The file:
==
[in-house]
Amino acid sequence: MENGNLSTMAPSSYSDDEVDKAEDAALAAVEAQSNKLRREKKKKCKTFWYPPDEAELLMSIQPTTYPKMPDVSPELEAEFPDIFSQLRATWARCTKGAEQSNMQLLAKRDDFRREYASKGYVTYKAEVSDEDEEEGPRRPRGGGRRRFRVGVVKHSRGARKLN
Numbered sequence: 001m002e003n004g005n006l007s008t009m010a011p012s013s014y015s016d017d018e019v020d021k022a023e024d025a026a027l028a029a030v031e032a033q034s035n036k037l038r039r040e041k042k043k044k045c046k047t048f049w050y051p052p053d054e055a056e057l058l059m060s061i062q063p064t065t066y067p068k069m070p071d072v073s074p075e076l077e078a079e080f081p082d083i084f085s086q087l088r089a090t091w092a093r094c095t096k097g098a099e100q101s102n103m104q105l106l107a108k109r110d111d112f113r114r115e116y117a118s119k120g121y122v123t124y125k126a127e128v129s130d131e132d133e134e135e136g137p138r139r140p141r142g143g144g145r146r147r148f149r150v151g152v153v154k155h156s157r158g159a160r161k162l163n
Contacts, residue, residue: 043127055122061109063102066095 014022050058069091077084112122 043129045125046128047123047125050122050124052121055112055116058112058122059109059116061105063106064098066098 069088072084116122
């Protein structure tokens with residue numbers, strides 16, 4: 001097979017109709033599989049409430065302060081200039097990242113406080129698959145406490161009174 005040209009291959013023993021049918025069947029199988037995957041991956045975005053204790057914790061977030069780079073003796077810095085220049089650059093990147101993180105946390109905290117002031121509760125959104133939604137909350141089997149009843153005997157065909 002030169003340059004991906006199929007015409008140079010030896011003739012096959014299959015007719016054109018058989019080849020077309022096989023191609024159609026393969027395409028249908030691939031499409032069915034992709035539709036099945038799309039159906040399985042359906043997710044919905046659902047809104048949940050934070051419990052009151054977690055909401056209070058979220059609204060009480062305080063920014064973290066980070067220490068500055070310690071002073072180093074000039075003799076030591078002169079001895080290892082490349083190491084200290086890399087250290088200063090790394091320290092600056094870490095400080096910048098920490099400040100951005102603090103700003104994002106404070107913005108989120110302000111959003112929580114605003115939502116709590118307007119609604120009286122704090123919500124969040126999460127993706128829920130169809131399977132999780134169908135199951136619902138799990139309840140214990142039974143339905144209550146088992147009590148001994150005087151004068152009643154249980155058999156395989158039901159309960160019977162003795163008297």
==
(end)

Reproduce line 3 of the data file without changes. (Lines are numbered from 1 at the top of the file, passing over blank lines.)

Numbered sequence: 001m002e003n004g005n006l007s008t009m010a011p012s013s014y015s016d017d018e019v020d021k022a023e024d025a026a027l028a029a030v031e032a033q034s035n036k037l038r039r040e041k042k043k044k045c046k047t048f049w050y051p052p053d054e055a056e057l058l059m060s061i062q063p064t065t066y067p068k069m070p071d072v073s074p075e076l077e078a079e080f081p082d083i084f085s086q087l088r089a090t091w092a093r094c095t096k097g098a099e100q101s102n103m104q105l106l107a108k109r110d111d112f113r114r115e116y117a118s119k120g121y122v123t124y125k126a127e128v129s130d131e132d133e134e135e136g137p138r139r140p141r142g143g144g145r146r147r148f149r150v151g152v153v154k155h156s157r158g159a160r161k162l163n